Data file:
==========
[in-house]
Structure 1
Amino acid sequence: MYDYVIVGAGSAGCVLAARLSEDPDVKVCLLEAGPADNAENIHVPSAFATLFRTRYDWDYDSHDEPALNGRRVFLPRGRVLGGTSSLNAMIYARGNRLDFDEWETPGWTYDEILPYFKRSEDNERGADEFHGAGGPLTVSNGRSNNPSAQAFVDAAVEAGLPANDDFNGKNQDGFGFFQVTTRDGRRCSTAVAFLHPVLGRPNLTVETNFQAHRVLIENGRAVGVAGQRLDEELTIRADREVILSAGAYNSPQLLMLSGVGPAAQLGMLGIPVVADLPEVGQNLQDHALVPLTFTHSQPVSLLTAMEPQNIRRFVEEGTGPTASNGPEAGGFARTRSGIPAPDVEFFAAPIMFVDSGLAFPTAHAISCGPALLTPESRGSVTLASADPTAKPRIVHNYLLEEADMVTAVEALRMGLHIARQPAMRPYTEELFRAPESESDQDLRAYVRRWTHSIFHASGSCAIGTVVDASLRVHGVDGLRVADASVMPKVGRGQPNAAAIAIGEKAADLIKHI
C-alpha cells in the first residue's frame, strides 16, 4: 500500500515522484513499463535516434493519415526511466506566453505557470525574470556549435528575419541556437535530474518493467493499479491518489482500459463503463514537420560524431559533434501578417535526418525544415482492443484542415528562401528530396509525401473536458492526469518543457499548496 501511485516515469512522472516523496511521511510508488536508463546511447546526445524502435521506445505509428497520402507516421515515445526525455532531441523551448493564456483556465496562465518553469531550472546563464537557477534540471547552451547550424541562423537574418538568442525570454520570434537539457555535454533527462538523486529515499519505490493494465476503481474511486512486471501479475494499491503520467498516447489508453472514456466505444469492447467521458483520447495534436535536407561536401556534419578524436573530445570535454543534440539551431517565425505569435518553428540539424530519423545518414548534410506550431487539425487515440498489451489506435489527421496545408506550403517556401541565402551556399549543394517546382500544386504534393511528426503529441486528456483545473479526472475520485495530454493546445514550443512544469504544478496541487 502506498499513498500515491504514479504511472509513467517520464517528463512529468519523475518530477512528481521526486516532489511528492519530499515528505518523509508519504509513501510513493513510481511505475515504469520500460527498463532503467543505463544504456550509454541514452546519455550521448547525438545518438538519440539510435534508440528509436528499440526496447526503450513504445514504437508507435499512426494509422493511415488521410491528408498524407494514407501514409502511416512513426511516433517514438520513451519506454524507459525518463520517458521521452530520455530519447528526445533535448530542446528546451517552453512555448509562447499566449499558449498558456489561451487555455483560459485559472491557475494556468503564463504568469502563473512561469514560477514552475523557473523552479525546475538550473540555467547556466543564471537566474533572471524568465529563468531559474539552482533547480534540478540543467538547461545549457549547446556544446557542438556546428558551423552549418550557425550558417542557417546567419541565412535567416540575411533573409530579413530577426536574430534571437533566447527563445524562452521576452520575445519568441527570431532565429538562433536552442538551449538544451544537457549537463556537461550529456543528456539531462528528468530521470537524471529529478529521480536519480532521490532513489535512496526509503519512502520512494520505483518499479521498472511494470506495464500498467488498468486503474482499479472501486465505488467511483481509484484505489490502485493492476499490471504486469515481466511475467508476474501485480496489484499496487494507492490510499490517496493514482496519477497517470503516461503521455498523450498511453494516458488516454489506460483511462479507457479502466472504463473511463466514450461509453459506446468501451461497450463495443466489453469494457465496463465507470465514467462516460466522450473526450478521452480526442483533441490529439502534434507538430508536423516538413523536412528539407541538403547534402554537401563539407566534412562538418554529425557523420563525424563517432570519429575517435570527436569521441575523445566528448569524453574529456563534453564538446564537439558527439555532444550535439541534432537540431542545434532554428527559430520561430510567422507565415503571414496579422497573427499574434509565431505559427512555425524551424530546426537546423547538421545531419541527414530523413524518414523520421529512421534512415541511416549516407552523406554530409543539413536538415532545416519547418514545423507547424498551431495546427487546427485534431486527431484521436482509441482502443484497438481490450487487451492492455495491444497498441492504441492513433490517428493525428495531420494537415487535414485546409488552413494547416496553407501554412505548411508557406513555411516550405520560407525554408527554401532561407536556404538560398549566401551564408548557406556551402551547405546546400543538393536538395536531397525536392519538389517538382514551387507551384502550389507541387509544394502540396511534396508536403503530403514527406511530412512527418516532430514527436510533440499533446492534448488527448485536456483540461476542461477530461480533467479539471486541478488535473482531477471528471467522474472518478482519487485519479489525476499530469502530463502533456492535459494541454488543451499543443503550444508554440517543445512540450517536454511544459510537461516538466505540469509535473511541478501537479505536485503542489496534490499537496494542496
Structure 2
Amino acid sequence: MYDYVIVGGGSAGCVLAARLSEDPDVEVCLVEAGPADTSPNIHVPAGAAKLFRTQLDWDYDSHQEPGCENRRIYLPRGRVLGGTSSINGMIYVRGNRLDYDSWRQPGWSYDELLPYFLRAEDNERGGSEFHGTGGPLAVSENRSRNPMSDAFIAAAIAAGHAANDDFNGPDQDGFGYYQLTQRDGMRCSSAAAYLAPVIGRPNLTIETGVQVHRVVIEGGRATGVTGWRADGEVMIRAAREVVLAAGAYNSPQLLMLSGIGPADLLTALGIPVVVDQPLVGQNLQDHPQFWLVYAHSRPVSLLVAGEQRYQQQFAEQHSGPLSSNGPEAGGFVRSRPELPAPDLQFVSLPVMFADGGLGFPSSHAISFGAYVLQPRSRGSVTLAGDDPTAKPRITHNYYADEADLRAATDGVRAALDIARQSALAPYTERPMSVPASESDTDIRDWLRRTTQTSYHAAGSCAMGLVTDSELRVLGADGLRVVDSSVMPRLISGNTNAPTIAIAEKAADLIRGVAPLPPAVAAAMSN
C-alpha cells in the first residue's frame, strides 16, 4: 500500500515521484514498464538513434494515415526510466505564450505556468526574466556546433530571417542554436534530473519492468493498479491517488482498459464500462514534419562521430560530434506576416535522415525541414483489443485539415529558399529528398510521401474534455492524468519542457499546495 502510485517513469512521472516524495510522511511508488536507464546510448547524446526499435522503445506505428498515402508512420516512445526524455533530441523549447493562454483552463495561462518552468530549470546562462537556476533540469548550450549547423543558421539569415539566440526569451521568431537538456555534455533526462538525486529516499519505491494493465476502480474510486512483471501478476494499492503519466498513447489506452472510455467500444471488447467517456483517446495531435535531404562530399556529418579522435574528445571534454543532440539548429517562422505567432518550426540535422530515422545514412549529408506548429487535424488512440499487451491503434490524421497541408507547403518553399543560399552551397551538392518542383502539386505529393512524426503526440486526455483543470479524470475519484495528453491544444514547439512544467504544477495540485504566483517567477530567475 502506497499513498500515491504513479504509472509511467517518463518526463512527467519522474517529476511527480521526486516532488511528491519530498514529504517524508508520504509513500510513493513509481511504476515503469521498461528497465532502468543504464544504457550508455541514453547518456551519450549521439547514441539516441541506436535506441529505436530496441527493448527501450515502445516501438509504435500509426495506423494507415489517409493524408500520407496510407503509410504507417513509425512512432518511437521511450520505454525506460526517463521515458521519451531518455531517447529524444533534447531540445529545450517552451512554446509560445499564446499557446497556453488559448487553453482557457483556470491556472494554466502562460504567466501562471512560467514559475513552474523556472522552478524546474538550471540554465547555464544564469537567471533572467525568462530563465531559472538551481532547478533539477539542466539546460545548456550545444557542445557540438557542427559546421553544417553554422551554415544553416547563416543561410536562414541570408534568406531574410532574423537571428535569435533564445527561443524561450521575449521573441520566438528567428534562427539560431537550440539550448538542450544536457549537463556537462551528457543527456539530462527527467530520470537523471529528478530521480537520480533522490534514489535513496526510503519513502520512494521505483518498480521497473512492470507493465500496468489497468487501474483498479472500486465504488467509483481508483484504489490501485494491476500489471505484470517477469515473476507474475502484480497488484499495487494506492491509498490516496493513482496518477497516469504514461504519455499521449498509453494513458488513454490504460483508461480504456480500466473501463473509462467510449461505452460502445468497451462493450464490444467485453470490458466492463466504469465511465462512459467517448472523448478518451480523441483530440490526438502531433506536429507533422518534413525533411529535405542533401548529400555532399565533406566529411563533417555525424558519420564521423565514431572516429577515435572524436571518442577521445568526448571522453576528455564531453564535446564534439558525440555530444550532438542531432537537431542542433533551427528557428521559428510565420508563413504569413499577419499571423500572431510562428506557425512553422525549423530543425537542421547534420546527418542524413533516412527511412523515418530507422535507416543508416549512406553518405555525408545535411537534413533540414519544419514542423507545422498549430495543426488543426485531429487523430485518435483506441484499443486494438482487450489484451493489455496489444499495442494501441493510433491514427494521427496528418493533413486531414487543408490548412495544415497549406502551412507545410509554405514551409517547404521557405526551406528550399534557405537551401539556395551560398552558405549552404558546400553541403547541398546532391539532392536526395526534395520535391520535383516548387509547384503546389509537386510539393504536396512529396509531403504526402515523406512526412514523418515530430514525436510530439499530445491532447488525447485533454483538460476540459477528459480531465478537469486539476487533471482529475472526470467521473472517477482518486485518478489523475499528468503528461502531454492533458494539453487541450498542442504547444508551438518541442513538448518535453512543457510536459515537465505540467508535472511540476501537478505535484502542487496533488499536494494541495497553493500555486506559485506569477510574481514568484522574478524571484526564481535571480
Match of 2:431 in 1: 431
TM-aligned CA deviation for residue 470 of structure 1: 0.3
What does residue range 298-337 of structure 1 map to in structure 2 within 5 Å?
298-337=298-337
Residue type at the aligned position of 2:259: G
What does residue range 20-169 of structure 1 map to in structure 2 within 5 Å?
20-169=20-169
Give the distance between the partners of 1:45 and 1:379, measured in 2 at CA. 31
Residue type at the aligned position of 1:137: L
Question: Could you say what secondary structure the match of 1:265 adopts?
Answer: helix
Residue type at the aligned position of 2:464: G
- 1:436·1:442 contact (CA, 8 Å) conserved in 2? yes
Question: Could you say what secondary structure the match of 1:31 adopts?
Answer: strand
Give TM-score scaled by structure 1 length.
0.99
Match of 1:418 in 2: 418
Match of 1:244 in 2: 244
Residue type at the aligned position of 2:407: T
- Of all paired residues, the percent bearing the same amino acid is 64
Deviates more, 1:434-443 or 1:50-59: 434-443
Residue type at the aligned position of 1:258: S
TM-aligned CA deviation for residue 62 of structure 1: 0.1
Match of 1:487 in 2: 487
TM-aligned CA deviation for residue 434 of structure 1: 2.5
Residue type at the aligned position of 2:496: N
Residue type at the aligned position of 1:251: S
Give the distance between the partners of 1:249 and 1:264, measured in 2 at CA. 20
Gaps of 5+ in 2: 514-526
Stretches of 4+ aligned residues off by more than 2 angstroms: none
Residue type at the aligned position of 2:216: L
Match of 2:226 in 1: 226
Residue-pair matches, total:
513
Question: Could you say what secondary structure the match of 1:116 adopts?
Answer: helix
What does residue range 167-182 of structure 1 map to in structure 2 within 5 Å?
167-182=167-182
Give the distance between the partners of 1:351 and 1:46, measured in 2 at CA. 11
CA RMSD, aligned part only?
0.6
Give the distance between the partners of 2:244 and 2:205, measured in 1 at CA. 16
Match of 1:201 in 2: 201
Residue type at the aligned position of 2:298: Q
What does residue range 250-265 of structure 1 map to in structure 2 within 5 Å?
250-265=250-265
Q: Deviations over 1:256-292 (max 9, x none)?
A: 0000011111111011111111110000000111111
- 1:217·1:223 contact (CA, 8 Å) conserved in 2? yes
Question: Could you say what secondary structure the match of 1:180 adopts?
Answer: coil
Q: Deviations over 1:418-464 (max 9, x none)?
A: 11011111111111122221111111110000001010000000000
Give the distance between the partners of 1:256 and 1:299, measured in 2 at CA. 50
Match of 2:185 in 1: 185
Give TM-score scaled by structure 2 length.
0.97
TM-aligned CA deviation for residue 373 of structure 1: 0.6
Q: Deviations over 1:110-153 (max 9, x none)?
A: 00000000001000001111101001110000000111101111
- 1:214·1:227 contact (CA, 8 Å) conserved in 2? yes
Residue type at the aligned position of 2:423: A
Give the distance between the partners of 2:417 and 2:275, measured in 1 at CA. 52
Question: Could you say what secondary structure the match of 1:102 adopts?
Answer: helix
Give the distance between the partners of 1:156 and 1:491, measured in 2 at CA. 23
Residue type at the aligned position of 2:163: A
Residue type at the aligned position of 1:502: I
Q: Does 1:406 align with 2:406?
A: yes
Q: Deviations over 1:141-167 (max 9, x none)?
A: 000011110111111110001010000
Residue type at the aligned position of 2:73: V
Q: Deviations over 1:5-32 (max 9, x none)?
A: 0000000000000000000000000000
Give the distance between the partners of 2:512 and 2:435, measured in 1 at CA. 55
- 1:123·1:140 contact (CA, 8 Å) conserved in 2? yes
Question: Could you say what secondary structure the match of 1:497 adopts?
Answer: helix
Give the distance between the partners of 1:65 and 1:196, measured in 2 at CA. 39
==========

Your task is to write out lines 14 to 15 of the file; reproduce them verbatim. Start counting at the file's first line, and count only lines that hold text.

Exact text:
20-169=20-169
Give the distance between the partners of 1:45 and 1:379, measured in 2 at CA. 31